These profound changes are not simply new costs that B2B organizations must take on to survive right now, insisted Specter, “but an incredibly unique opportunity. It’s changing the way people think about their business. It’s both a bigger problem—and a bigger opportunity—than it is in B2C. Technology has become a game changer and a differentiator.
To that end, following are seven ways COVID-19 has altered the B2B customer experience landscape for good.
1. The line between B2B and B2C is disappearing
The same changes that impacted B2C have impacted B2B according to Specter, and COVID-19 has clearly jumpstarted ecommerce efforts within all organizations. It has also further blurred the lines between B2B and B2C. Facing the need to explore new routes to market during the pandemic, B2B organizations are either building or speeding up their B2C capabilities, said Specter, who estimates that some 70 percent of organizations are now hybrid B2B and B2C. He calls this new hybrid B2E, which is business to everyone. “Companies are now asking why they can’t do both, and they’re looking for technology platforms that support that,” Specter explained. “There are some nuances, but you can use the same infrastructure for both.”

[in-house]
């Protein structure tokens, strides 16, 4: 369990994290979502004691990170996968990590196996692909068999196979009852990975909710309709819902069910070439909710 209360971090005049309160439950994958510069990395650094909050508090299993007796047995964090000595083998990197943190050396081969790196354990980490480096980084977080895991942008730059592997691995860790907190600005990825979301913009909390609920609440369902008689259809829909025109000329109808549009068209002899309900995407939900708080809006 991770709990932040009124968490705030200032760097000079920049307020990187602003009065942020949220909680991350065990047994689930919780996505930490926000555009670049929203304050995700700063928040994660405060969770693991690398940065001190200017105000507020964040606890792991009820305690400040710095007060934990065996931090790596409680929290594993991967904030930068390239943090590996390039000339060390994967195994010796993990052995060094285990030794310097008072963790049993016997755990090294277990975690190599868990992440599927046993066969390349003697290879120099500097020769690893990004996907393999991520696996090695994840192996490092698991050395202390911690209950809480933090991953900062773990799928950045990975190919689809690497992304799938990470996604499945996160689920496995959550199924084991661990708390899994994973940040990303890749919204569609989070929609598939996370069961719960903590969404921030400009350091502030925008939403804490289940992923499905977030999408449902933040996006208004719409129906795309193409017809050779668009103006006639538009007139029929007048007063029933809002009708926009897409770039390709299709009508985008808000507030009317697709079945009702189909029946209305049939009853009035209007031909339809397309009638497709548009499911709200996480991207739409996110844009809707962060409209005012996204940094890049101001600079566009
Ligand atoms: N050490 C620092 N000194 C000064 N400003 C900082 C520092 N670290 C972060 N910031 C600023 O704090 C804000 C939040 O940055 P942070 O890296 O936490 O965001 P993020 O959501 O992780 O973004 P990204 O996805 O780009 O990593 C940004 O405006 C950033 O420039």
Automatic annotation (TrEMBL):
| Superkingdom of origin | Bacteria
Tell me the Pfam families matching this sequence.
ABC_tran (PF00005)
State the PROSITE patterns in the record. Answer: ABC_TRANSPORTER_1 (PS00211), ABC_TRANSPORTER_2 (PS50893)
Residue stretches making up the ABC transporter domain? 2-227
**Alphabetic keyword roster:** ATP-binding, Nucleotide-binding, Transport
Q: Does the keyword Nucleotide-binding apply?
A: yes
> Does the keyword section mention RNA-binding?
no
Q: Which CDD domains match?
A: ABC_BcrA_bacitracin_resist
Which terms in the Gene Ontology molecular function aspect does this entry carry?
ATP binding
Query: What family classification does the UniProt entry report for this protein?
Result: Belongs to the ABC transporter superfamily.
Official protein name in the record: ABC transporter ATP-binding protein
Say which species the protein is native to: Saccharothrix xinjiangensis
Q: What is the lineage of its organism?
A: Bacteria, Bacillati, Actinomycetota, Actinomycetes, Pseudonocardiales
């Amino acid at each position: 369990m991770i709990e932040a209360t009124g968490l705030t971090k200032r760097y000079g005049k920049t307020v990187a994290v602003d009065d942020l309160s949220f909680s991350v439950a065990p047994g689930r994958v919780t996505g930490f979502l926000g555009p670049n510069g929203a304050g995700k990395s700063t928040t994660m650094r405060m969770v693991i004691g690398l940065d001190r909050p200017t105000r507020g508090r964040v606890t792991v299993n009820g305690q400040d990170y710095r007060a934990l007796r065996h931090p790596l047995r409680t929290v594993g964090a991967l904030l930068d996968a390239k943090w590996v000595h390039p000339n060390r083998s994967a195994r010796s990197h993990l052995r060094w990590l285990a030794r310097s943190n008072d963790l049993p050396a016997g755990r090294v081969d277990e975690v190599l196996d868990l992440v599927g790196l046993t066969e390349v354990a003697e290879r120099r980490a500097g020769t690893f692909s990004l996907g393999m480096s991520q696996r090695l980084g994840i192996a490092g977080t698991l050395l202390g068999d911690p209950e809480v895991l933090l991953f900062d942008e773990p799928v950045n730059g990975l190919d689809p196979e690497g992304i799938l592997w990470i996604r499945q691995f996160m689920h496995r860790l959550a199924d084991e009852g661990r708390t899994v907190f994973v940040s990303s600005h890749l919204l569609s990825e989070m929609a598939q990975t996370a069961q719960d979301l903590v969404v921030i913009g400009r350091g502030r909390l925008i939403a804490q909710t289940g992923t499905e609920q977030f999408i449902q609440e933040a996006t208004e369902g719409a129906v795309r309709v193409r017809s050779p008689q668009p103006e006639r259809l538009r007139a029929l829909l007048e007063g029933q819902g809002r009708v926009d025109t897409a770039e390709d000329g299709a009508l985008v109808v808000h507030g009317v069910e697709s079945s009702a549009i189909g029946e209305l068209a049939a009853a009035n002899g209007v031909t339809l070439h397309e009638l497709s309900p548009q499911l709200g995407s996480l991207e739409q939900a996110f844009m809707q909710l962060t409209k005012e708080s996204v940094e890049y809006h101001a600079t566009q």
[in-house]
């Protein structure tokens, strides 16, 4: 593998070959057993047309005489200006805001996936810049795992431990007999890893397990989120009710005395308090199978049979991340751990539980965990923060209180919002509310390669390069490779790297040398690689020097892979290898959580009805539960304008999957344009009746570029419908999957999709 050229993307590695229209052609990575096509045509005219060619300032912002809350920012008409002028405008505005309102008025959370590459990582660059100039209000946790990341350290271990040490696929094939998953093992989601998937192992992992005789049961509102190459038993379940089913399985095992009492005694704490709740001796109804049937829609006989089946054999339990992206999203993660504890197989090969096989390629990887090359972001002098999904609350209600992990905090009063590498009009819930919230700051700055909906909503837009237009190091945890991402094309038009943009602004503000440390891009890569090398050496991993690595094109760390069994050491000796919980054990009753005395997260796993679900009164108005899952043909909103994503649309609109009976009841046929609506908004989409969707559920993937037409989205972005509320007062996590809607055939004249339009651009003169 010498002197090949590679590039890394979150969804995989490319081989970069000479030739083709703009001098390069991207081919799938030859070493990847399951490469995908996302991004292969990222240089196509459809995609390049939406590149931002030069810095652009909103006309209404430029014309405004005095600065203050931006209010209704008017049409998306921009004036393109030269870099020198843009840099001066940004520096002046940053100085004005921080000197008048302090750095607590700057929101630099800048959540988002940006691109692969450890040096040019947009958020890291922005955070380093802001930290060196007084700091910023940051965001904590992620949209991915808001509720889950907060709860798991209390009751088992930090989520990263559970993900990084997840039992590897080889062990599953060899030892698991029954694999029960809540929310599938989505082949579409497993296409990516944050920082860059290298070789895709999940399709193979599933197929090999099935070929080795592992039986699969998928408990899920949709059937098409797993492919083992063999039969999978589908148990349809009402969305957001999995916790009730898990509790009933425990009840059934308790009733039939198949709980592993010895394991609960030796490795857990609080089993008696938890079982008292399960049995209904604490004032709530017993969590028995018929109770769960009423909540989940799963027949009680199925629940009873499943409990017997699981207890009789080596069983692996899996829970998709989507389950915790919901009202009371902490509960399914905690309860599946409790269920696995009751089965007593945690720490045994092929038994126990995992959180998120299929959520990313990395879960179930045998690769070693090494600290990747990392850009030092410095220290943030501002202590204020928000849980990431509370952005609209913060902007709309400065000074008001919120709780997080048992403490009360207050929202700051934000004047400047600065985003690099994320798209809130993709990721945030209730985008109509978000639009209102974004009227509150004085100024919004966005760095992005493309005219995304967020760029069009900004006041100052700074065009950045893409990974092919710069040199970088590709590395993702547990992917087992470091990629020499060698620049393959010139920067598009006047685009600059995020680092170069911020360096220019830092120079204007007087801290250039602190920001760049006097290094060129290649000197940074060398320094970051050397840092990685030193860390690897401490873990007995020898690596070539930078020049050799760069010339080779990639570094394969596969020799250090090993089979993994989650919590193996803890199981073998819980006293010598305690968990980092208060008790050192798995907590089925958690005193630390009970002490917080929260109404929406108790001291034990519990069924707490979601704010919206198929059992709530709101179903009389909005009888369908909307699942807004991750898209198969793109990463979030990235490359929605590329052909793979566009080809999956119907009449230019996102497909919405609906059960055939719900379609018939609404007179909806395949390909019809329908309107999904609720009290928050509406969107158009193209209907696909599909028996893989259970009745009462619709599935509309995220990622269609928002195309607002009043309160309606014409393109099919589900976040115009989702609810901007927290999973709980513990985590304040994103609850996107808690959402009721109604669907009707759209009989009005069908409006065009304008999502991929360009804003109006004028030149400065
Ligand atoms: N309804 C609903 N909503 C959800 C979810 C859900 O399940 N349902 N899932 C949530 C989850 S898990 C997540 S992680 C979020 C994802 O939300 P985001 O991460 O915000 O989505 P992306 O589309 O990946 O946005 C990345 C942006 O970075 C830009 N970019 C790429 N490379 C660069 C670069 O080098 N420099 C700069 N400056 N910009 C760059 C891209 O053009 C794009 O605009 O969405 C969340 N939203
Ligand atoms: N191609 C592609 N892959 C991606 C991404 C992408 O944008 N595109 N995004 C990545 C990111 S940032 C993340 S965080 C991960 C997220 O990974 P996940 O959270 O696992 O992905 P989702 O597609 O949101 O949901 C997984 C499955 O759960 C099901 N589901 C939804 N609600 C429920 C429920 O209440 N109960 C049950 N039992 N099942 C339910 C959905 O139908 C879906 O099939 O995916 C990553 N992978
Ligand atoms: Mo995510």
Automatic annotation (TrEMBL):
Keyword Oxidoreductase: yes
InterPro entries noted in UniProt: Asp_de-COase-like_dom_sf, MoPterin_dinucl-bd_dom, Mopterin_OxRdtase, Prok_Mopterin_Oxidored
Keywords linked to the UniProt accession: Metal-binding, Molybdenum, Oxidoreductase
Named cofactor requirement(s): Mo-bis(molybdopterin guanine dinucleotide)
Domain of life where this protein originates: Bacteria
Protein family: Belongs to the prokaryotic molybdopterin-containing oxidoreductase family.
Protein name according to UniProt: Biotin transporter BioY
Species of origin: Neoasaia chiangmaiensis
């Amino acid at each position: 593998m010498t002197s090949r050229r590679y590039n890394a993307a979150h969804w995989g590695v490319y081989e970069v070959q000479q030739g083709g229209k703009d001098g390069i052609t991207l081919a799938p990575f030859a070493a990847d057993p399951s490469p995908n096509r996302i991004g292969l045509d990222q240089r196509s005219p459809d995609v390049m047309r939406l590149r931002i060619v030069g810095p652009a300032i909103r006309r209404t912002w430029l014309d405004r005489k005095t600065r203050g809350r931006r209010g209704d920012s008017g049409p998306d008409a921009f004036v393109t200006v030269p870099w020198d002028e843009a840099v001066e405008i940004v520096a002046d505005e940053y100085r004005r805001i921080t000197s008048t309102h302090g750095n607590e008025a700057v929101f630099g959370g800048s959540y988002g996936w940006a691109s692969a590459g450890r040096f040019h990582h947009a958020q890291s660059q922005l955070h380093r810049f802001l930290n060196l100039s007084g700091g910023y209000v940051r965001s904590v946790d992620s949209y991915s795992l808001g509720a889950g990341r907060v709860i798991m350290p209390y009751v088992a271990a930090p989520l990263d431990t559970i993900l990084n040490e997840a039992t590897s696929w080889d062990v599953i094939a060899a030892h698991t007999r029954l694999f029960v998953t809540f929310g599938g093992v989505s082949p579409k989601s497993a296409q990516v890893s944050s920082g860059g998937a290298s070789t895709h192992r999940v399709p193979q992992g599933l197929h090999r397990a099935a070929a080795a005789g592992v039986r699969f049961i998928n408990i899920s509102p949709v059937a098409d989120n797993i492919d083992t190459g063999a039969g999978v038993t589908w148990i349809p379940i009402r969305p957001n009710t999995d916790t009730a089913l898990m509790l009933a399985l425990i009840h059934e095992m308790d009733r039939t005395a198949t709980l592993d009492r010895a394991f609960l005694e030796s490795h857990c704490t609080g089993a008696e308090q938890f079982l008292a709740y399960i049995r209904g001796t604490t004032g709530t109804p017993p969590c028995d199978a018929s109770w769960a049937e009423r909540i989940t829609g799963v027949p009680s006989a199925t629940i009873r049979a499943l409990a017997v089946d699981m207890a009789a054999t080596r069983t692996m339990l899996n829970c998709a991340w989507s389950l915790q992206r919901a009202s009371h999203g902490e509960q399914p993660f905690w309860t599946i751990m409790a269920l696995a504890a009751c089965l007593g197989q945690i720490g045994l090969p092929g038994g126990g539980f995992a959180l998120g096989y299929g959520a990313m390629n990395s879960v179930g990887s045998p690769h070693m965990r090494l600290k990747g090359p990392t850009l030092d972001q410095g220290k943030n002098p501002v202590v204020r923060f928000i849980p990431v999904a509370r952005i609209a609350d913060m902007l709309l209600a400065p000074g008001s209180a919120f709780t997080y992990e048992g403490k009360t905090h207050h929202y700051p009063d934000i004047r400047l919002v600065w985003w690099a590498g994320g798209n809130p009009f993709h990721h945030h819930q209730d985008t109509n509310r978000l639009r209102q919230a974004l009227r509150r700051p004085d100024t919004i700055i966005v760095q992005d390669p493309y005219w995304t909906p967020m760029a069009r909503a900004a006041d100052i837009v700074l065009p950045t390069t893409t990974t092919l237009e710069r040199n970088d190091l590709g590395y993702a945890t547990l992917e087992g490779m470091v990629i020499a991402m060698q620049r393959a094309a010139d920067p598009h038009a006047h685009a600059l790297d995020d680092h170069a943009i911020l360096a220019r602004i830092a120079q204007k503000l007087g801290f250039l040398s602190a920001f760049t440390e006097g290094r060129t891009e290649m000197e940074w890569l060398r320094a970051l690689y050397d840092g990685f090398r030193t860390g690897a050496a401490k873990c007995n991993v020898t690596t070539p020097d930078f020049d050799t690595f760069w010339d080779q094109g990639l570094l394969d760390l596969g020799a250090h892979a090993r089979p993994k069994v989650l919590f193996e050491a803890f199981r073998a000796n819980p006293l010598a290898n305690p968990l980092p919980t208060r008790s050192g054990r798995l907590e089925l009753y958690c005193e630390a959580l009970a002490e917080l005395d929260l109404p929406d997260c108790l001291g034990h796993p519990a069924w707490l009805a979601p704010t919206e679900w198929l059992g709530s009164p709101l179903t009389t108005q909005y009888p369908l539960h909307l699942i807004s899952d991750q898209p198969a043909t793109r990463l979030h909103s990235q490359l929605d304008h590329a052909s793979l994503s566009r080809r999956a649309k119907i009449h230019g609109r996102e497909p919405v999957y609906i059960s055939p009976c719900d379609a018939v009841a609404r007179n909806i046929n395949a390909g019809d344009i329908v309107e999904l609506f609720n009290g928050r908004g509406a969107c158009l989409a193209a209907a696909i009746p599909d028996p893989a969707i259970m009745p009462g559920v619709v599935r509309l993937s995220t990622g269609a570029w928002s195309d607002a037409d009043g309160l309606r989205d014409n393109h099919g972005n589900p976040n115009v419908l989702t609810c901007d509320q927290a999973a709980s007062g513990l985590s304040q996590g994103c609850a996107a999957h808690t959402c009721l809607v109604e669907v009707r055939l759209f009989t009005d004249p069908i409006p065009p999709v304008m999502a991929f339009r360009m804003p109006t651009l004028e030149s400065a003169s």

2. Digital will go into overdrive
According to Egol of Strategy&, the shift from face-to-face sales interactions in B2B to more digital and virtual processes was already underway. COVID-19 has made it a necessity. To do so effectively, however, B2B can’t simply replace in-person processes with a direct digital corollary.